NCPA - National Center for Policy Analysis

Congress' Pension Math Doesn't Add Up

January 19, 2012

Last week Sen. Orrin Hatch issued a report noting the rising unfunded liabilities of state and local defined benefit pension plans, and which illustrates the potential impact of those liabilities on the taxpayer, says Steven Malanga, a senior fellow at the Manhattan Institute.

  • Pointing out that local governments' unfunded retirement obligations may now approach $4 trillion, the Hatch report noted that the failure of a few big public sector pension plans could spark a credit "contagion" that would make it difficult for all governments in America to borrow money.
  • Federal safety-net programs like Medicaid and food stamps might be strained if retirees in government pensions saw their benefits cut sharply, as they have been in a few municipal bankruptcy cases.

Although defined benefit plans date back more than 100 years, when a few big employers like railroads began offering them, they were never widely used for very long.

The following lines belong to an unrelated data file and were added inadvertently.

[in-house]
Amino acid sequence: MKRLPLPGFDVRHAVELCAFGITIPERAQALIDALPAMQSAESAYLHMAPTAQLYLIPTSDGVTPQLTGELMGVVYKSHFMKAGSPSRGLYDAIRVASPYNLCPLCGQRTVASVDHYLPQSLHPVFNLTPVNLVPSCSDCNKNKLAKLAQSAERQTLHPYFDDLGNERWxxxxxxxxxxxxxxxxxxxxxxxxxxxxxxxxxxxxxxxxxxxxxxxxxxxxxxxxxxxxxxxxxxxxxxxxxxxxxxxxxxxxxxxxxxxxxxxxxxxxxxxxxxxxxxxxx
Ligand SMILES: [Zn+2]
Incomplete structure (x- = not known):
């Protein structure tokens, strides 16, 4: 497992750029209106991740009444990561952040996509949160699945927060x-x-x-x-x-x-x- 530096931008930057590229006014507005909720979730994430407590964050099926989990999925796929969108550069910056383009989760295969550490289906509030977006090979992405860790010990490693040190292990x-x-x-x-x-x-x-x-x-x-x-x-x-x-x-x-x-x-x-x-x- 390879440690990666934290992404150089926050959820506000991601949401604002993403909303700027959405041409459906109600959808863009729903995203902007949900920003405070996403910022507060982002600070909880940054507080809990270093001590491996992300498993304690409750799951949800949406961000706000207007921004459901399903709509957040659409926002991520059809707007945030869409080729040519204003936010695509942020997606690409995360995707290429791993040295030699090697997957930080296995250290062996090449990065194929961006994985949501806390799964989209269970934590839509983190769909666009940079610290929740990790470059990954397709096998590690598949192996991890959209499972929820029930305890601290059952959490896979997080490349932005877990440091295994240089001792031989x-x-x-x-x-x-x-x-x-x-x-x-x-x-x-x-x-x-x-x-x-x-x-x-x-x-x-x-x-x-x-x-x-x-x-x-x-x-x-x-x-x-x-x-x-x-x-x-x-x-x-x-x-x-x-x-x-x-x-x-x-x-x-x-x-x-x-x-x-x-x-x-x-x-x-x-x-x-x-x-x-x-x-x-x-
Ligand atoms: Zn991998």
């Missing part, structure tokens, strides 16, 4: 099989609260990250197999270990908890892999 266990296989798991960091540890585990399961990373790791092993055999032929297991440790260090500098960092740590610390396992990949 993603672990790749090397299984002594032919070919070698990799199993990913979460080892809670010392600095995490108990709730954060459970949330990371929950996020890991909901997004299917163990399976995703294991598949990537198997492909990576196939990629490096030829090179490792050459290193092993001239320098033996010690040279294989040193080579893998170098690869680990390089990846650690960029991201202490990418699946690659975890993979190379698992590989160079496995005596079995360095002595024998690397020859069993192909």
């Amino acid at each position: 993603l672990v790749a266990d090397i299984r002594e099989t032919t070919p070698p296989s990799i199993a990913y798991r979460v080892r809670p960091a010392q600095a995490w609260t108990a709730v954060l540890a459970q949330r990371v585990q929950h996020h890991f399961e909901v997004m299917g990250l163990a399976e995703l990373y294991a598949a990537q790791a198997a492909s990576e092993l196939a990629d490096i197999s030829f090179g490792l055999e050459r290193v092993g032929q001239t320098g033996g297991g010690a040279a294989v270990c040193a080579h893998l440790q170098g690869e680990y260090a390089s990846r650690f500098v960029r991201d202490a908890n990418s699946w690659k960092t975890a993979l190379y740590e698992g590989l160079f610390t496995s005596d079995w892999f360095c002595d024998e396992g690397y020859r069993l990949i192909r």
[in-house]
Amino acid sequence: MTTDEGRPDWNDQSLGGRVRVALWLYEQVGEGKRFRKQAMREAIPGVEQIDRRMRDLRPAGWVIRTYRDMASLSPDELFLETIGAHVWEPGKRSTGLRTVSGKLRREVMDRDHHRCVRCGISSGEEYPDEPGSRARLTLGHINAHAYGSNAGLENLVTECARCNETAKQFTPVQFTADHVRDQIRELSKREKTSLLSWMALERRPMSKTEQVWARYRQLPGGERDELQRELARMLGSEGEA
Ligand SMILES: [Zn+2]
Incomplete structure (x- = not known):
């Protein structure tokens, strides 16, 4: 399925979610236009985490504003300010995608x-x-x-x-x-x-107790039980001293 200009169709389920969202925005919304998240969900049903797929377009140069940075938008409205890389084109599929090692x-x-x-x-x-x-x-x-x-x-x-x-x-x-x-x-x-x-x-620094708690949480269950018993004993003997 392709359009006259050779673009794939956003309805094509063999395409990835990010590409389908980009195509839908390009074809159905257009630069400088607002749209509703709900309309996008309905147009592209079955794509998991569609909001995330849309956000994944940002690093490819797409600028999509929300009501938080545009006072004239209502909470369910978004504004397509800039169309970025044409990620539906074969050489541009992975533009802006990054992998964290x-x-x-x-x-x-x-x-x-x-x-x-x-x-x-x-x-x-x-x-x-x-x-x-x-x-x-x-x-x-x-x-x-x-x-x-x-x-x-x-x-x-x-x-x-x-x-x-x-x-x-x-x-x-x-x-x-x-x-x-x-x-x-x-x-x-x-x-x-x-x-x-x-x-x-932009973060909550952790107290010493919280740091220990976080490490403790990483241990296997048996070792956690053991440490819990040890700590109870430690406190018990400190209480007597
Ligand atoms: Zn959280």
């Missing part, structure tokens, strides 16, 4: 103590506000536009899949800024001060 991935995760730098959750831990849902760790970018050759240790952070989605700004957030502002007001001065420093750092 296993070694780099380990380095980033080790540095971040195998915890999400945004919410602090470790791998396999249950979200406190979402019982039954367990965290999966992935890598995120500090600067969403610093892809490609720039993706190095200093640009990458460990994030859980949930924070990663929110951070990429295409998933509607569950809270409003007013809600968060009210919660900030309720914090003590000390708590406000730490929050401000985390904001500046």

Over time, more and more firms switched to 401(k) style pensions, where an employer makes an annual contribution to a retirement account for a worker and the employer's liability ends there.  Today, only about 20 percent of private workers are covered by defined benefit plans.

Only in one area did traditional pensions continue expanding, in government, where the taxpayer is the backstop when these plans get in trouble.  Today, some eight in ten public workers are covered by defined benefit plans, though governments have done such a poor job of funding their promises to workers that one analysis predicts that without reform the pension systems of 11 states would exhaust their assets by the end of this decade.

Instead of encouraging private and public employers to assume obligations that wind up crushing them, Congress ought to be pointing the way toward a system where the costs are transparent, the liabilities are not open-ended, and where retirees can count on plans that will remain solvent so that the money will be there for their retirement.

Source: Steven Malanga, "Congress' Pension Math Doesn't Add Up," Real Clear Markets, January 18, 2012.

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